Monday, December 19, 2016
December 19, 2016: Wishes for the AmericanStudies Elves: Student Films
[Each of the last few years, I’ve made a number of holiday wishes to the AmericanStudies Elves, things I’d love to see happen in the coming year. As you might have always known, the Elves are really all of us—so let’s work to make these and other great things happen in 2017! I’d love to hear your wishes, and causes or individuals or projects I can support as well, in comments!]
On how you can support a young filmmaker, now and moving forward, and why it matters.
Through my Honors Literature Seminar on the Gilded Age last semester, I had the chance to get to know Christine Coutts, a Fitchburg State University Honors student and Film/Video Major who is also a budding documentary filmmaker. At the end of the semester, Christine and her crew premiered Praying for Change, her 30-minute documentary about homelessness in America; I wasn’t able to make the premiere but have heard very good things, and she’s looking to expand the documentary into a feature-length film and take it to film festivals. As of right now there are still a few days left in her IndieGoGo pledge drive for supporting that documentary and those efforts, and I’d say it’s a very worthy cause on multiple levels. (And if you watched the trailer hyperlinked at the film’s title above, I think you’ll agree with me that this is a seriously professional project on every level too, one belying any stereotypes we might have about student films.)
I also had the chance at the end of the semester to hear Christine’s presentation on her next film, which will also fulfill her Honors Senior Thesis project. Another documentary, this film, inspired by Jose Antonio Vargas’ MTV documentary White People, will be entitled I’m Not Racist … But, and will feature Christine herself taking part in numerous conversations about race, racism, and culture in America. Christine plans another IndieGoGo page to support the making, publicizing, and distribution of this film, and when that page is up I’ll hyperlink it here. But I wanted to mention it now because, quite frankly, I think it’s extremely brave to make a film on racism—and in particular to talk to white Americans about racism—at a time when we’re seeing a resurgence of racist and bigoted rhetoric and hate crimes. The day that I’m writing this post, a Fitchburg area colleague shared on Facebook pictures of swastikas that had been drawn all over the city, just one of so many such crimes. The product of a biracial, Asian and European American family, just like my sons are, Christine knows full well what such rhetoric and crimes might mean for so many Americans, and is engaging directly with the issue in this new project.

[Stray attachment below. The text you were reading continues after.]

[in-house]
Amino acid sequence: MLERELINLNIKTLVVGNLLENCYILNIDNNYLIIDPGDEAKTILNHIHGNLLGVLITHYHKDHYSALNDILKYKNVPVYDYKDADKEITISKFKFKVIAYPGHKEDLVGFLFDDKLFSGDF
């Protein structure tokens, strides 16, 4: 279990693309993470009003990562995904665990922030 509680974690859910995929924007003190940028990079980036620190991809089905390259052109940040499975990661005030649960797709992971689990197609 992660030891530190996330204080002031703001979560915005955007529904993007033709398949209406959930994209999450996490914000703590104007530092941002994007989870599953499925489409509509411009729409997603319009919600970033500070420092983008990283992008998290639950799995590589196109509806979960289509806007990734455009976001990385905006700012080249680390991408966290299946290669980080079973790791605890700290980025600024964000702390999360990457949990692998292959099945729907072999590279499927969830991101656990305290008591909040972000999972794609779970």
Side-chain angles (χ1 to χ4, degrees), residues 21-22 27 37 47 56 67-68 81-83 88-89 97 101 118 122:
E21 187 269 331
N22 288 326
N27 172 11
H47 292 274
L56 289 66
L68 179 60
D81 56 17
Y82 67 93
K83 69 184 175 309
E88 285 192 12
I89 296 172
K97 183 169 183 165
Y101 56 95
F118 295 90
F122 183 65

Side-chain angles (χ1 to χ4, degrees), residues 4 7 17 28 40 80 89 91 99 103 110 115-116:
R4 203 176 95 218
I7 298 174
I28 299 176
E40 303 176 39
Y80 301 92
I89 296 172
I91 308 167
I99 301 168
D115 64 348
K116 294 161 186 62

Both that personal identity and perspective and that shared communal moment make Christine’s new film well worth our support. But I think she and her work also emblematize the overarching role and importance of student art. In the English Studies department where I teach, we’ve got great such art appearing regularly in both our online magazine Detour and our literary journal Route 2; I’m proud of all the students who have worked on and contributed to those efforts, as well as colleagues like Steve Edwards and Elise Takehana (and our past colleague Ian Williams) who have helped make it all happen. But Christine helps me highlight the wide variety and depth of quality of work being produced by student artists at Fitchburg State, as well as at institutions of higher education around the country. As with Christine and so many of those student writers, I’m quite sure that much of this student art is taking risks, experimenting, pushing their genres in new directions, engaging directly with some of the most difficult and important questions facing our society and world. So, AmericanStudies Elves, I wish that this vital and vibrant art in general, and Christine’s films in particular, can get the support they need to continue doing their crucial cultural work.
Next wish tomorrow,
PS. What do you think? Wishes or causes you’d share?